Owen REDMAN

 

Owen's brother Dylan. Pictures: Susan Windmiller

 

Name:Owen REDMAN aka MOORE
Last seen: 21 February 1991
Date of Birth: 1966
Eyes: Blue
Hair: Light brown
Height: 176cm
Build: Slim
Complexion: Fair


Circumstances:
On the 21/02/1991 Owen REDMAN born 1966 of Brunswick, was reported missing.

REDMAN, an employee of Greenpeace at the time, failed to turn up for work and did not collect his pay. REDMAN took no money, bank books or personal belongings. He was wearing jeans, a green shirt and one silver ring of Indian design.
It is believed that REDMAN was in a distressed state at the time of his disappearance.

To date REDMAN has not contacted any family members or friends who remain concerned for his welfare. It is believed REDMAN may have changed his surname to MOORE.
Police want to hear from any person with information surrounding REDMAN disappearance. Please contact Crime Stoppers on 1800333000.

https://www.facebook.com/HelpFindOwen - Facebook group to help find Owen

 

31 July 2005
APPEAL FOR MISSING BRUNSWICK MAN – OWEN REDMAN


Victoria Police are appealing to the public for assistance in relation to the disappearance of Brunswick man Owen Redman.
Mr Redman was reported missing in February 1991.
He was 25-years-old at the time of his disappearance.
Police have been told Mr Redman has failed to attend work, he did not collect his wages and his money, bankbooks and passport were located at his address.
Mr Redman was born in Tumut, NSW and moved with family to the Northern Territory and Queensland before moving to Victoria in the early 1980s. Mr Redman spent some time in NSW in 1989.

Anyone with information on his whereabouts is urged to ring Crime Stoppers on 1800 333 000.

People missing and missed
Anthony Dowsley - Herald Sun
1st August 2005


OWEN Redman vanished 14 years ago without a trace, sparking a long and painful search.

His family still believe he is alive and want to hear his voice again.
He was 25 when he vanished and would now be 38.

Yesterday, police and welfare agencies launched Missing Persons Week, urging people to contact their family through an email, just to let them know they are OK.

In Victoria thousands of people are left anguished and bewildered when a loved one has left without trace.

Police figures show that in the 12 months to July, 6646 people were reported missing in Victoria -- 2912 were 17 or younger.

Owen's father, John, and brother, Dylan, said he had become depressed over relationship problems and suddenly left his house, leaving almost everything he owned behind.

Police were told he failed to attend work and did not collect his wages while his money, bankbooks and passport were found at his Brunswick home.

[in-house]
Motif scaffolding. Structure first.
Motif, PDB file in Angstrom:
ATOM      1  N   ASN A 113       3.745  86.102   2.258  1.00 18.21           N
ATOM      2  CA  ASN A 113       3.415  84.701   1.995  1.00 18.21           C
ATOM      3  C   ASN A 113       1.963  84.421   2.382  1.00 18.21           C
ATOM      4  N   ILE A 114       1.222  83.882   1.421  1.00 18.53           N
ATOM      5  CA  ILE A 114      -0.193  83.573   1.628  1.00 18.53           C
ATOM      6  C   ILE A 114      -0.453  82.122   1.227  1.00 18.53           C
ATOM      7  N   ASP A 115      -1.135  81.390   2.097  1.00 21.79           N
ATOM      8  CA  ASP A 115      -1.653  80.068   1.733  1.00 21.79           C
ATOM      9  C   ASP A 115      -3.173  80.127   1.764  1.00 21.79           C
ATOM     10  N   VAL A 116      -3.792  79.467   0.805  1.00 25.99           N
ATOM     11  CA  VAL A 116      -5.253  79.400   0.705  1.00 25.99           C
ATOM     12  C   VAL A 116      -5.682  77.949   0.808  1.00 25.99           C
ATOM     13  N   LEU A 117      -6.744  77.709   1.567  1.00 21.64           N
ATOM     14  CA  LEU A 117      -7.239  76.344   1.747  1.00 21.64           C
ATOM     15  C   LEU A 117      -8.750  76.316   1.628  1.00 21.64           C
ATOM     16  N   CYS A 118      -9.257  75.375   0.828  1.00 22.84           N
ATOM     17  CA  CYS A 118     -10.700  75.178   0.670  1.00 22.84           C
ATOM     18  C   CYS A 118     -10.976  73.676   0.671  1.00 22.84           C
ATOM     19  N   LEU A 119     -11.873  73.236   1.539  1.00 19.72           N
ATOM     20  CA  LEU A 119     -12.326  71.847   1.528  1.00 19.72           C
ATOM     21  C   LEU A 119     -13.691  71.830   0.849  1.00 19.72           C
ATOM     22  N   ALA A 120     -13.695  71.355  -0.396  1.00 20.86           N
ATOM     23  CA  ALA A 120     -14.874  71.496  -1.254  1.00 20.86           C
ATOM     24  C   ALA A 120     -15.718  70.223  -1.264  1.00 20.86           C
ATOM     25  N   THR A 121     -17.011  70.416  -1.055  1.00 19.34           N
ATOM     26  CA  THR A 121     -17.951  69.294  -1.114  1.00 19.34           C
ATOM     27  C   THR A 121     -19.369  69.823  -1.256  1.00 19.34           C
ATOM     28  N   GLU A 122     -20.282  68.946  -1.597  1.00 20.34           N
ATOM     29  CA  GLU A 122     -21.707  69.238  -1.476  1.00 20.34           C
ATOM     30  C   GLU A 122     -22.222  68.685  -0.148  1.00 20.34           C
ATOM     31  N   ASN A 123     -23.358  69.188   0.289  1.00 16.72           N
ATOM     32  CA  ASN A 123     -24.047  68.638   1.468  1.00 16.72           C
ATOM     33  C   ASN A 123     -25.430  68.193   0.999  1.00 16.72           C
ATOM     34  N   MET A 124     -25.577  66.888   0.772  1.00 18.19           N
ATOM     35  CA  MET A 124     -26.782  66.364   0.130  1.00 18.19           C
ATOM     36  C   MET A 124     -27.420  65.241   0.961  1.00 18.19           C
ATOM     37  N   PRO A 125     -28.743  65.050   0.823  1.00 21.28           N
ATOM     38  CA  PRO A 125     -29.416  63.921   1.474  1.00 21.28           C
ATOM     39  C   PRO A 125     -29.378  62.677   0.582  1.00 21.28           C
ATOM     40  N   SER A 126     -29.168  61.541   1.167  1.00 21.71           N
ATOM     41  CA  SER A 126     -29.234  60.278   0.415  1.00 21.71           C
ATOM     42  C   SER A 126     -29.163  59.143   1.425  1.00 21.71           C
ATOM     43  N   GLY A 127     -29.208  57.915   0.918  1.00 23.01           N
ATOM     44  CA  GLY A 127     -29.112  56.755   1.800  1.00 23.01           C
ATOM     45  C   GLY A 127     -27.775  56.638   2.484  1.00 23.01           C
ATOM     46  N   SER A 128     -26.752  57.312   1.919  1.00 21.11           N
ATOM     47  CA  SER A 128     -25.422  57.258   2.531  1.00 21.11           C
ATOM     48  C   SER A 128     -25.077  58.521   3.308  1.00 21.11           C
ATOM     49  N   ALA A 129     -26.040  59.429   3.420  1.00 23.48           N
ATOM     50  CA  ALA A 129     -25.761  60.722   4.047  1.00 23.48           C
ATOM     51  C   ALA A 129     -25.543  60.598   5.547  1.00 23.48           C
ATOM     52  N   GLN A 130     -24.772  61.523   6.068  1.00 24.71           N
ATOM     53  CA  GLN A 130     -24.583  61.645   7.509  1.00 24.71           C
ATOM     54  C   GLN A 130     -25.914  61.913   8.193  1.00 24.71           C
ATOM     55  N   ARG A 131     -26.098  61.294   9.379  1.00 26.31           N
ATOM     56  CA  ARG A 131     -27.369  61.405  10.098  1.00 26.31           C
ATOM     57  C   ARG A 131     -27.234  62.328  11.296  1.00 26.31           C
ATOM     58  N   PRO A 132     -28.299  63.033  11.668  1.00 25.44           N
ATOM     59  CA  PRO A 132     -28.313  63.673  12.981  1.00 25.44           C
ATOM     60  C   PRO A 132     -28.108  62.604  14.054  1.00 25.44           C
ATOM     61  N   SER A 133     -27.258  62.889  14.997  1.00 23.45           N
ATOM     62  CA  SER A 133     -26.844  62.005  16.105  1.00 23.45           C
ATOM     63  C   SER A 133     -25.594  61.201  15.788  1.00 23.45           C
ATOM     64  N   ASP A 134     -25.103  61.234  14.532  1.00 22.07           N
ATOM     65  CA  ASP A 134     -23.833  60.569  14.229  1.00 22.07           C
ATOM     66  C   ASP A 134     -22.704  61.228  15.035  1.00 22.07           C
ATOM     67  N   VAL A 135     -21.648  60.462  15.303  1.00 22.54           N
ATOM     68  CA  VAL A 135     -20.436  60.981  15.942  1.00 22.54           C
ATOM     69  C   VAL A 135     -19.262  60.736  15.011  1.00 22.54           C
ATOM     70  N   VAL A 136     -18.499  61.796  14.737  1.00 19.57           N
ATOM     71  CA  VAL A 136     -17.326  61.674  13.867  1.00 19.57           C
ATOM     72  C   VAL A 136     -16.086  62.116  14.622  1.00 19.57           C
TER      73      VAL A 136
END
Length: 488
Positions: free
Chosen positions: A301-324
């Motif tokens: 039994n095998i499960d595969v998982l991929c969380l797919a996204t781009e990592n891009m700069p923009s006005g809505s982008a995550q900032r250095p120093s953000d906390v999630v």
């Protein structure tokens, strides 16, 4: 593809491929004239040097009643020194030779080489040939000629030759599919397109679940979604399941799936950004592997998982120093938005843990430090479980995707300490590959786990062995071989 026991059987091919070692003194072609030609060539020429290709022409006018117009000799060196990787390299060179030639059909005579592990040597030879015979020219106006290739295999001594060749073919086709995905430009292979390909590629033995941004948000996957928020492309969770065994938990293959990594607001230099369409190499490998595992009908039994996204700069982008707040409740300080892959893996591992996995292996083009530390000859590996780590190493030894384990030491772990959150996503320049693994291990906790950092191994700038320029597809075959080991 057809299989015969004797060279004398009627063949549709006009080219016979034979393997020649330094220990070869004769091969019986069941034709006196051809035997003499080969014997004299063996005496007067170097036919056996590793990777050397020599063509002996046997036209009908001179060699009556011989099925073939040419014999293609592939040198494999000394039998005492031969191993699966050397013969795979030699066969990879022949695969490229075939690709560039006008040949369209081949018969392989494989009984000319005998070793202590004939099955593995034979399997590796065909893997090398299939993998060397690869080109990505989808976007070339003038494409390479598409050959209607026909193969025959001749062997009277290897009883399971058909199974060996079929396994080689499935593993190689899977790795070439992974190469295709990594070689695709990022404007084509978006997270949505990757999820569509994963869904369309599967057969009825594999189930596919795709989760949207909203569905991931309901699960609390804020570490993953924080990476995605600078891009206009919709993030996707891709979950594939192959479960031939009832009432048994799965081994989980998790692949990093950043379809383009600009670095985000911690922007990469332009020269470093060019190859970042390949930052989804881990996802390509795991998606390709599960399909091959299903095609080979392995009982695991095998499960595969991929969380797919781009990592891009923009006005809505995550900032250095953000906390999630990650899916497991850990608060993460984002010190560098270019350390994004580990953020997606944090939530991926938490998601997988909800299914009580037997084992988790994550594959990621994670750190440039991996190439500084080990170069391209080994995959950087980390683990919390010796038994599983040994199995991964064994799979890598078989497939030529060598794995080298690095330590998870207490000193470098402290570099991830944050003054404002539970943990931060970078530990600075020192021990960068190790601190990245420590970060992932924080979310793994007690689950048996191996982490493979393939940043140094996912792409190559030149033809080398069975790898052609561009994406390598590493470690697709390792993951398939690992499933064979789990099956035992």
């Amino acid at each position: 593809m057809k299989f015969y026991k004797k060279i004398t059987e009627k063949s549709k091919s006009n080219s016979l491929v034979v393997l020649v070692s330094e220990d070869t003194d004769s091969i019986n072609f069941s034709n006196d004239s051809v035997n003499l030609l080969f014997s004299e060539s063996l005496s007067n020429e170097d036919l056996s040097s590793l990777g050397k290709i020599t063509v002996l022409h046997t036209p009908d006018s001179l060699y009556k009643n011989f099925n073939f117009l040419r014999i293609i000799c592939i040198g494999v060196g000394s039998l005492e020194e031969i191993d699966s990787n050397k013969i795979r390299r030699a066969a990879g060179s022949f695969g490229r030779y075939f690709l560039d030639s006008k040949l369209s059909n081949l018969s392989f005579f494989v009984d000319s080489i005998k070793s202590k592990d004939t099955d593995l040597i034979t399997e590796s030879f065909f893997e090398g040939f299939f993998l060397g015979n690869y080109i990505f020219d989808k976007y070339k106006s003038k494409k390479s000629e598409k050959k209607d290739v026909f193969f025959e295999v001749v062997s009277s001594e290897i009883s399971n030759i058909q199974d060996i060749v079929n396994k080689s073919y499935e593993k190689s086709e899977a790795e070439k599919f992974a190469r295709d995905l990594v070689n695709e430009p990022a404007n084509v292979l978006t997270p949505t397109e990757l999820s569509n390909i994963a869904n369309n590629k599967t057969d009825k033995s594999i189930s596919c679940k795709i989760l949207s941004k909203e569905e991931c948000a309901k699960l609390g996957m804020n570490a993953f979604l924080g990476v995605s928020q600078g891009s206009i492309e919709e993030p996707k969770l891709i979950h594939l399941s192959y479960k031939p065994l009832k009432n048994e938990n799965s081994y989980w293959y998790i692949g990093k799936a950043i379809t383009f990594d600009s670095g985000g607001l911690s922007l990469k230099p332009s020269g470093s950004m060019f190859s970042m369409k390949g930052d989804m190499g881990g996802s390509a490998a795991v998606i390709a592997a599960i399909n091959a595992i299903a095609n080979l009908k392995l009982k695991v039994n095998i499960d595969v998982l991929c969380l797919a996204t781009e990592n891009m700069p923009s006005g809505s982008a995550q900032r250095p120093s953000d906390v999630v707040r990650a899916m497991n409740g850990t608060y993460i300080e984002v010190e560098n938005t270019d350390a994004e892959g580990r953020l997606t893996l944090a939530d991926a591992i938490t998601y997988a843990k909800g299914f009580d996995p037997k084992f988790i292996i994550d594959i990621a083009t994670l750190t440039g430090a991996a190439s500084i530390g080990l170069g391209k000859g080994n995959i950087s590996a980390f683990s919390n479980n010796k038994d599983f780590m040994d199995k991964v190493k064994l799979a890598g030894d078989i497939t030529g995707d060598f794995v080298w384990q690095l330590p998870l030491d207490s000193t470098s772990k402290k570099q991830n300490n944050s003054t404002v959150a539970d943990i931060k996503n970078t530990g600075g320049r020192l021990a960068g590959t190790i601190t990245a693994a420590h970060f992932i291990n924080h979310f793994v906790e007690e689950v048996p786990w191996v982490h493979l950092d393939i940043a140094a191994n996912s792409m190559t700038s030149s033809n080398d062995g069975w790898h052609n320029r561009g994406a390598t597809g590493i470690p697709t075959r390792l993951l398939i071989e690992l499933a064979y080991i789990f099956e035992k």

"The last time I saw him was in 1990, around about his birthday on October 8," John said.

"He was upset he had split with his partner at the time."

Dylan made a tearful plea for his brother to contact him yesterday as he relived the pain of more than a decade of wondering about him.

"I really miss him and I just want to know he's OK," Dylan said.

"It doesn't matter what he's into or where he's at, I don't care.

"I just want to see him, or at least know, get some sort of closure on this whole thing.

"It just seems so stupid not to know where someone's at, and they're so important to you.

"I love my brother and I just want to know, is he OK? Is he dead? Is he overseas having a great time? I just want to know, yes or no, is he still around?"

Last week the family was given access to police findings about his disappearance.

Dylan, 33, believes a letter written in 1992, stating that Owen had died of a drug overdose, may have been written by his brother.

"We just want him to contact us," Dylan said.

Police Assistant Commissioner for Crime Simon Overland said the theme of Missing Persons Week was "Talk, please don't walk".

Mr Overland urged people dealing with problems not to simply walk away from their lives, but to seek help.

Representatives of the Red Cross, Salvation Army and other welfare groups at yesterday's launch offered to help provide a link between missing people and their families. National Missing Persons Week ends next Saturday.

Don't go missing: send email

By Clay Lucas - The Age
August 1, 2005
 

Send an email to your family or friends to let them know you are not dead or injured, police urged missing persons yesterday.

"Get in touch with your loved ones by sending them an email," assistant police commissioner Simon Overland said at a city internet cafe yesterday as he launched Missing Persons Week.

"It is a safe, effective and easy way to let people know you are alive and well, without having to tell them where you are."

Of the 6646 people reported missing to Victorian police in the past year, almost 3000 were aged under 18.

Most of these young people would be internet-savvy and capable of letting their family know they were alive by sending an email, Mr Overland said. Missing persons were not guilty of any crime, but were using up police resources, he said.

"It's no crime, there's no trouble, we won't hassle you. We simply want to know you're alive and well so we can move on to deal with more pressing cases," Mr Overland said. "Get in touch, use the email."

Many missing persons remain so for years, if not decades.

Owen Redman was aged 25 when he went missing in 1991. He would now be 38. Mr Redman worked as a subscription salesman for Greenpeace, mostly around Brunswick and Collingwood.

His younger brother, Dylan, broke down at yesterday's launch as he described the 14 years since he had seen his brother.

"I just want to know. Is he OK? Is he dead? Is he overseas having a great time?" Mr Redman said as he wept.

"I would do anything to see my brother again. If he was in London, I would buy a ticket to be there tomorrow.

"I just want to see him, or at least know, to get some sort of closure on this whole thing."




Monday, October 3, 2005. 8:00pm (AEST) - ABC
Police widen search for missing man


Police investigating the disappearance of a Victorian man 14 years ago have extended their search to Western Australia and the Northern Territory.